The Bible throughout teaches that God is the one who makes all the choices of what He will do. Nothing at all takes place unless God has, from eternity, ordained (predestinated) and caused it to occur. What God foreordains, He reveals in the course of history by His providential acts. All of history and man’s acts are in the hands of our sovereign God. God’s choice of man unto salvation is not based on some meritorious good that God can foresee in man, for this good does not exist.
Salvation, either in its accomplishment or in its application, is not by works which we have done or will do, but by the mercy and grace of God. Any merit on our part must be excluded, lest we begin to boast about our “choosing” or “accepting” Christ (see Eph. 2:9). Even our best works in this life are as “filthy rags” (Is. 64:6; see also Ps. 14:1-4) and defiled with sin. None could stand before a God whose purity and holiness is infinitely perfect.
One of the best definitions of the doctrine of unconditional election is found in the Canons of Dort, First Head of Doctrine, Article 7, where it states, “Election is the unchangeable purpose of God, whereby, before the foundation of the world, He has out of mere grace, according to the sovereign good pleasure of His own will, chosen from the whole human race, which had fallen through their own fault from their primitive state of rectitude into sin and destruction, a certain number of persons to redemption in Christ, whom He from eternity appointed the Mediator and Head of the elect and the foundation of salvation.”
Under the First Head of Doctrine, Article 9, the Canons of Dort state the “unconditional” aspect of God’s election. “This election was not founded upon foreseen faith and obedience of faith, holiness, or any other good quality or disposition in man, as the prerequisite, cause, or condition on which it depended; but men are chosen to faith and to the obedience of faith, holiness, etc. Therefore election is the fountain of every saving good, from which proceed faith, holiness, and the other gifts of salvation, and finally eternal life itself….”
God could have chosen to save all men by His grace. He certainly had the power and the authority to do so. And God would have been just if He had chosen to save none! But, God did neither of these. Rather, He chose to save some and exclude others. He is under no obligation to save anyone. That is what the Bible reveals.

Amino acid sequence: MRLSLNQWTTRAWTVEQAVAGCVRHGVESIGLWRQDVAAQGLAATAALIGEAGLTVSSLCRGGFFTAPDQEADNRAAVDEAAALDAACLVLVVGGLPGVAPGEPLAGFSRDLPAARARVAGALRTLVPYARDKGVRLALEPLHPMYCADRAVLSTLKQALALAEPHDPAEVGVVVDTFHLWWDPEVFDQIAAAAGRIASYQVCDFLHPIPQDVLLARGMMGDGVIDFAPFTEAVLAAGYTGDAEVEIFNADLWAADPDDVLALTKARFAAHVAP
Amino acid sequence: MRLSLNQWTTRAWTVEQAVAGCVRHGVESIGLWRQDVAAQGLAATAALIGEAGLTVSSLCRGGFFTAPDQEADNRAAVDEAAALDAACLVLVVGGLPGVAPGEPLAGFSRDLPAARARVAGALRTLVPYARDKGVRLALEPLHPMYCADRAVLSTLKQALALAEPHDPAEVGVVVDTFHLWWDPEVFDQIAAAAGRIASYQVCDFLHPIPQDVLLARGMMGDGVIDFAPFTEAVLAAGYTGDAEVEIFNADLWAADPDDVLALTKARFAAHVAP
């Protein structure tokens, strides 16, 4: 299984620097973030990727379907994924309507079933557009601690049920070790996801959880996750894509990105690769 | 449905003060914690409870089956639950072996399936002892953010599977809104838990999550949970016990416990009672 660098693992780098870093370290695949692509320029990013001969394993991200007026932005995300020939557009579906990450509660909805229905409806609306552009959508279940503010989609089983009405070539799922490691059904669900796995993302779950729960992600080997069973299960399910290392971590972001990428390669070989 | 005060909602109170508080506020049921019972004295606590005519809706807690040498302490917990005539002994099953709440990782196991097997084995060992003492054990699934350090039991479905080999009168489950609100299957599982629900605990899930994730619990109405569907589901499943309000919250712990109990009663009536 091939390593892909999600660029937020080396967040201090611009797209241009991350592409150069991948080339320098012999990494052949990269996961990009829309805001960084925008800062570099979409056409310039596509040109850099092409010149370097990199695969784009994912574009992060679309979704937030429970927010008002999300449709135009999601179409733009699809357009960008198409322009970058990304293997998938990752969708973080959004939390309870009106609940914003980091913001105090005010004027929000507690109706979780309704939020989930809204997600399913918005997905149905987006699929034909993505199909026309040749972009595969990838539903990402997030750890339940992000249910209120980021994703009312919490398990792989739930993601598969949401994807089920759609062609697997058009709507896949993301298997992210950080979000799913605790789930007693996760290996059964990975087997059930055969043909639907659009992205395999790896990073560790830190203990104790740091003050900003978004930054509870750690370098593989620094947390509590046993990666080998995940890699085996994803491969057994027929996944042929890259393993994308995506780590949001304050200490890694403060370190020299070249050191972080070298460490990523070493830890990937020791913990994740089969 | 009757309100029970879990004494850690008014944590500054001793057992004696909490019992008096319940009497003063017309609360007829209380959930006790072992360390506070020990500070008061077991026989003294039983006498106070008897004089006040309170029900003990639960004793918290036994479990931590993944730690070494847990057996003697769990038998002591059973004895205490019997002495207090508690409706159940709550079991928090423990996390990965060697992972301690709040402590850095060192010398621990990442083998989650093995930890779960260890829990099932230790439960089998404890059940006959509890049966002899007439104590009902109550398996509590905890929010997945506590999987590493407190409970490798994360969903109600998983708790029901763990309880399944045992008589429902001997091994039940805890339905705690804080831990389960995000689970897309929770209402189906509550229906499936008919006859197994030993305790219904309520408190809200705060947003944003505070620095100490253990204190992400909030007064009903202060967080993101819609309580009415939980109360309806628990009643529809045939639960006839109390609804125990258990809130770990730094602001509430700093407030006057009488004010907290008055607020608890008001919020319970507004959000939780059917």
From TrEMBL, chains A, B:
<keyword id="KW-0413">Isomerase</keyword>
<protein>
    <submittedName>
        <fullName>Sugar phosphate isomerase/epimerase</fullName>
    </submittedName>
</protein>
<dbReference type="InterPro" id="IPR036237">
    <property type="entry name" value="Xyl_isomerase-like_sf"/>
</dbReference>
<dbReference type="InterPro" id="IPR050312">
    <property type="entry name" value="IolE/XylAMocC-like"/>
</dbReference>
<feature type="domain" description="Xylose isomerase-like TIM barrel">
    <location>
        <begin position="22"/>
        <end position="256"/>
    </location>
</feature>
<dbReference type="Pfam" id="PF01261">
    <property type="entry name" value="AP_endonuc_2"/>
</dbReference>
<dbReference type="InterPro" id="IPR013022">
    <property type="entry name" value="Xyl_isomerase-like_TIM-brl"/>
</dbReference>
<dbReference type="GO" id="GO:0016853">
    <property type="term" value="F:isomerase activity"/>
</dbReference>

According to God’s own Word, His election unto salvation is not based upon any foreseen act of good or some foreseen response of faith on the part of those He elected. If He had done this, salvation would no longer be by “grace alone.” Man would have merited God’s choice. The Scriptures make it clear that God acted by His own good pleasure and sovereign will when he chose to save His people.
Ephesians chapter 1 verses 4 and 5 are probably the clearest in teaching this. We read, “just as He chose us in Him before the foundation of the world, that we should be holy and without blame before Him in love, having predestined us to adoption as sons by Jesus Christ to Himself, according to the good pleasure of His will…” See also Eph. 1:9 and 11 on God’s purpose and the matter of the good (sovereign) pleasure of God’s will.
Because God is sovereign He can do anything He pleases. He is not bound by what we might think is fair. Man’s sense of “fairness” is always defiled by his own sin and subsequent selfishness. God knows only perfect justice — and that demands that all men be condemned eternally to hell unless a perfect satisfaction for their sin is made to allow men to escape His wrath (see Heidelberg Catechism Q. 12). It should not surprise us that God does not save all men, but that He choose to save any!
Blog post content is taken from Rev. Paul Treick’s book, Faith of Our Fathers, Living Still: A Study of the Five Points of Calvinism, available for purchase. It is posted with the gracious permission of the author.
If you’d like to read the blog series from the beginning, start here.